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I DM for a few different groups in a simultaneous fashion.

DM'ing is a breeze for most of those groups. We always have a blast, we have a lot of fun, and we always end our day looking forward to the next session.

For one group in specific, however, the situation is quite different.

A few weeks ago, I began to DM for a group of three people. I don't know them very well in any manner - we met over a boardgame/RPG meeting on my town, and set up to play Pathfinder 1e.

I'm usually pretty chill about most themes. I can run social adventures, combat fests, investigative dramas, romance stories, you name it. Most of the themes are fine by me, and I'm usually happy to adapt to whatever my players want to play.

Now, note that I said "most".

This group is trying to push content in the game in a manner that is making me really uncomfortable. While I usually don't mind to let any content show up in the game if everyone is okay with it, this subject is specially sensitive for me and the group insists in tackling it even after I said I wasn't having fun with the topic at hand.

I decided to leave the game.

However, ending a face-to-face game like this is somewhat new to me. I was never put in the position where I am the person that doesn't fit in the group, and I'm having serious issues trying to express myself regarding my wishes to leave their group.

So, I ask the titular question: How I politely say to my players that I don't want to DM to them anymore?

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"I'm sorry, but I'm not able to run this game for you anymore."

That's all you have to say. It is short, direct, and polite. They may ask why, and you can choose how to respond, if at all.

If you tell them you're not thrilled with how they tackled certain subject matter, they may argue.

If you instead insist "I just can't run your game", it doesn't open up a path for them to argue, but they may be upset that you aren't willing to explain yourself. You aren't obligated to explain yourself if you don't want to.

You know these players better than us, and you know which method would be better.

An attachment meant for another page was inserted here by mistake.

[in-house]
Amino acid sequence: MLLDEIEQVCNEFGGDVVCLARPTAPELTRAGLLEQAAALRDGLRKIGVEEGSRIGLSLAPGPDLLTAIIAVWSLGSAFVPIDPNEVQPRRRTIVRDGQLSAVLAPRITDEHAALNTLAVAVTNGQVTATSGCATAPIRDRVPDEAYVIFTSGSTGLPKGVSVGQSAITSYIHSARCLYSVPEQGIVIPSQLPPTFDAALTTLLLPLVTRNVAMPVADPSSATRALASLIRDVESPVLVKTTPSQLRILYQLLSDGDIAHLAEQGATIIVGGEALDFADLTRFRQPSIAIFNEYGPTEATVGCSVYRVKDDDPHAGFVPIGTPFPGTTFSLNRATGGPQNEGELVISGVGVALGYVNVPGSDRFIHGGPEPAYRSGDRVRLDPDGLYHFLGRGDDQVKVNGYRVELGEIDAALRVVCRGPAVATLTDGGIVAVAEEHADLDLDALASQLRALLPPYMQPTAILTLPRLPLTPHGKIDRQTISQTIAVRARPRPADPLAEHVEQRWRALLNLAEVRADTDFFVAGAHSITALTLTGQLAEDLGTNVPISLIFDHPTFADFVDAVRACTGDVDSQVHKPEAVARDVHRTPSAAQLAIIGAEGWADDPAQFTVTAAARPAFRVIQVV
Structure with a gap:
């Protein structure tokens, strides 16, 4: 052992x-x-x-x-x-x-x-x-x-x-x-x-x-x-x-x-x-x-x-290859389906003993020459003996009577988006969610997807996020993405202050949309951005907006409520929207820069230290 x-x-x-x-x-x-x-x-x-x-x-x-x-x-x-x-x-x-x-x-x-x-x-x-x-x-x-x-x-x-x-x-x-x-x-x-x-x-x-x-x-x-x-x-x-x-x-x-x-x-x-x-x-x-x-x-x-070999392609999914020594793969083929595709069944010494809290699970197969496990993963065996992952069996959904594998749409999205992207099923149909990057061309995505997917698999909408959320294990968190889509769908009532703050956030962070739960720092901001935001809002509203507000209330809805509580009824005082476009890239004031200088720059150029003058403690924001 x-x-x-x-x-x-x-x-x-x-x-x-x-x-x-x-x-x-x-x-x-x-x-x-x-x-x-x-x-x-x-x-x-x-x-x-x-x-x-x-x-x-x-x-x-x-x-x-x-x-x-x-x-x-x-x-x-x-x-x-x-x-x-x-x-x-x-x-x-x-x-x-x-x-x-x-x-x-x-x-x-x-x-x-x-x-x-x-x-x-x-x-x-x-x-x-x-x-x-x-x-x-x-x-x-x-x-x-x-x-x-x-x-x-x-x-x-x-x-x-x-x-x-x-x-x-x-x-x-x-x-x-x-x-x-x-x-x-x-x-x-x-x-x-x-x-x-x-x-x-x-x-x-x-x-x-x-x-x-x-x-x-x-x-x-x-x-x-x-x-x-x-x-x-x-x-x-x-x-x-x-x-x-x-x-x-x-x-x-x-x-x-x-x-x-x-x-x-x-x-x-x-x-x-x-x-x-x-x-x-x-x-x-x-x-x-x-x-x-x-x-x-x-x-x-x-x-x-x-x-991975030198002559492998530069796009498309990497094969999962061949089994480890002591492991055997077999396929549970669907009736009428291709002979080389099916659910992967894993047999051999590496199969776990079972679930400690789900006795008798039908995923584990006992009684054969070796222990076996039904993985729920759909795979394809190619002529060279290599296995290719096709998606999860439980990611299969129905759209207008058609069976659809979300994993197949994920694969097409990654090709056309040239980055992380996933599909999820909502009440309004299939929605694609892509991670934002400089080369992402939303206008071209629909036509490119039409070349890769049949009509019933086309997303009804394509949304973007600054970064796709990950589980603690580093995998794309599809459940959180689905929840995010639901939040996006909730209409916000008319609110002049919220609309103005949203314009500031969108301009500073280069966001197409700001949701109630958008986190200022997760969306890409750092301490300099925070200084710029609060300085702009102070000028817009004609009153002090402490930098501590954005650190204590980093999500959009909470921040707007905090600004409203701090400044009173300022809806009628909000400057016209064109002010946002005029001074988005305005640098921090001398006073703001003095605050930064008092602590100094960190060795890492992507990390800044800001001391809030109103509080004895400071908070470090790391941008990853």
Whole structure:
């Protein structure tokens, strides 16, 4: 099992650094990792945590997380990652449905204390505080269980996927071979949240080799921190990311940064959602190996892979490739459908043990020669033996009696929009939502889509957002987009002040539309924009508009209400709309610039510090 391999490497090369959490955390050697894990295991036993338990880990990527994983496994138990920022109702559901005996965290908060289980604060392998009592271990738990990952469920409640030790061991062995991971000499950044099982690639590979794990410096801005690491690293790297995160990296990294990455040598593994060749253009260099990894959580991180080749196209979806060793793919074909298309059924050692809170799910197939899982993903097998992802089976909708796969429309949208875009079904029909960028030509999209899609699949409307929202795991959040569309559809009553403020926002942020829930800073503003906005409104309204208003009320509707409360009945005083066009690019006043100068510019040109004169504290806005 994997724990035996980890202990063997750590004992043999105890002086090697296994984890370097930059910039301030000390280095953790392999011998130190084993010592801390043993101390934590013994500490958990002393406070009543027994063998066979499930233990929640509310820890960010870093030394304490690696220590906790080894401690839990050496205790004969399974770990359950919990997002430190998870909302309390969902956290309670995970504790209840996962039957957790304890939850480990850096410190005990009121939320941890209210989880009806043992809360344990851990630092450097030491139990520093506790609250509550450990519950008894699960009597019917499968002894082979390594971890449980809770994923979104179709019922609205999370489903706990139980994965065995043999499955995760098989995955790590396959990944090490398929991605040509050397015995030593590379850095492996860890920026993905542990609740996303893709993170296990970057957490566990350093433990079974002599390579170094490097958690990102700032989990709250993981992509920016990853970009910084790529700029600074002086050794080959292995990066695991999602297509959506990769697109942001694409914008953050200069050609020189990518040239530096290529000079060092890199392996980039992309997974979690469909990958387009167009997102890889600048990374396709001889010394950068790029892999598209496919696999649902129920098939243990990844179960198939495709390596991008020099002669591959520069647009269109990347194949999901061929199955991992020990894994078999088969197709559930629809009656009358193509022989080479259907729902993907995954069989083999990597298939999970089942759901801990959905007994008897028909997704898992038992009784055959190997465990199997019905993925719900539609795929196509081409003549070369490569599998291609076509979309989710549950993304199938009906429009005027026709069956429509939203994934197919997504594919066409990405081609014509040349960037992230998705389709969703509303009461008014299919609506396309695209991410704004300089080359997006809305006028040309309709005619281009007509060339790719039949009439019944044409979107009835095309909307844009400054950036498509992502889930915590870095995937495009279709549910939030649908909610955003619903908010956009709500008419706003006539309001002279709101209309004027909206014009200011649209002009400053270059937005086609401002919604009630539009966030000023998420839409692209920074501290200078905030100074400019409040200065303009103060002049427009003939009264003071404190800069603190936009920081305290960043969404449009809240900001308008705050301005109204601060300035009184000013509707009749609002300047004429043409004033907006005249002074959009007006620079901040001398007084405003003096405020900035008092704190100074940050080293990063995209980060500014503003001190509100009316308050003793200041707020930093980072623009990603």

In the end, remember that you're at the table to have fun. You are not obligated to play this game with people who do not respect your sensitivities, who upset you, and who make you not have fun.

If after quitting the group these players harbor resentment towards you and try dragging you into an argument or drama that you do not want, walk away and cut off contact. I never see a positive outcome from arguing in situations like this, and immaturity and anger cannot be reasoned with.

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    \$\begingroup\$ You might want to explicitly point out that neither DM or players have a continuous obligation to continue playing and can withdraw from the game for any reason (it’s implicitly there, and I think most people sort-of realise this, but I think sometimes it helps people if you spell it out). \$\endgroup\$ – Cubic Mar 6 at 17:37
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    \$\begingroup\$ @Cubic I added a sentence to the end to address that. Think its sufficient? \$\endgroup\$ – JRodge01 Mar 6 at 17:40
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    \$\begingroup\$ +1 — it is hard when DM says he can't be there for you anymore, but "I'm not having fun, it is too much work for me" is perfectly legitimate reason. If players want to know to avoid similar situations in the future, by all means, do tell them. But preferably only after they will accept the fact you're leaving. \$\endgroup\$ – Mołot Mar 7 at 11:45
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    \$\begingroup\$ Most importantly, stick to the true reasons in the things you choose to say, as one can usually sense when false reasons are given. Also, feel free to hold back any information you are not confortable sharing. \$\endgroup\$ – EricL07 Mar 7 at 14:45
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The way you've expressed your concerns here is already very reasonable.

You could just tell them that you're dissatisfied with the game. They want to play a certain style of game, but you don't want to GM that type of game, so there's a clear mismatch. This does not need to involve any deception or proof or explanation. You are allowed to dislike things.

If you do this via text (e.g. Discord, email, telegram) ensure that your writing is polite, with no finger pointing or blame. Given that you don't know these people very well, a digital approach may be preferable to an in-person approach, as there is less potential for upset reactions or hurt feelings.

Unless you're somehow legally bound to GM games for these players, you are free to leave, and they cannot force you to play tabletop RPGs with them.

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